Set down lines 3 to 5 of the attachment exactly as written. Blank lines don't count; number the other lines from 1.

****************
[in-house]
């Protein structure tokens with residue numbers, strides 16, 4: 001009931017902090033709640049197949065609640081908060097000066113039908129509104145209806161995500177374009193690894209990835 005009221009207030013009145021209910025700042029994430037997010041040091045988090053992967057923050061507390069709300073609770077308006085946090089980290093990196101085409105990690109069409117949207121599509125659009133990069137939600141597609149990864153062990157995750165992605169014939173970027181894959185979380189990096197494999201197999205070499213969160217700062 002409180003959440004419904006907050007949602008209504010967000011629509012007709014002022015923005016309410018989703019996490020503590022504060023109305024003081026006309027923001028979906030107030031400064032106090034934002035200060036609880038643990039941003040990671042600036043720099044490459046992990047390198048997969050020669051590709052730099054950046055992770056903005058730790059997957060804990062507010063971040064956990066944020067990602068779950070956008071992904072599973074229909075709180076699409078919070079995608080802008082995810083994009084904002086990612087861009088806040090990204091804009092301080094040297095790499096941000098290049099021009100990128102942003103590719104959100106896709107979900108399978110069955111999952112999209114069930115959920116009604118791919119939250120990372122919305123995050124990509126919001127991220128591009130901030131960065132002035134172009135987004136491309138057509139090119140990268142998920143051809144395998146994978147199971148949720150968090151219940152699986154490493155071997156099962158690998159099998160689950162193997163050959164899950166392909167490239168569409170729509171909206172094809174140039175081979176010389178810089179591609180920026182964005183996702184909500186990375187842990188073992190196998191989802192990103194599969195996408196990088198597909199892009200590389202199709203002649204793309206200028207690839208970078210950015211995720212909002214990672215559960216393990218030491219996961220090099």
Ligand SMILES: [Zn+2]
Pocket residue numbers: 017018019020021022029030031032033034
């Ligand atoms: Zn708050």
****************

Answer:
Ligand SMILES: [Zn+2]
Pocket residue numbers: 017018019020021022029030031032033034
């Ligand atoms: Zn708050």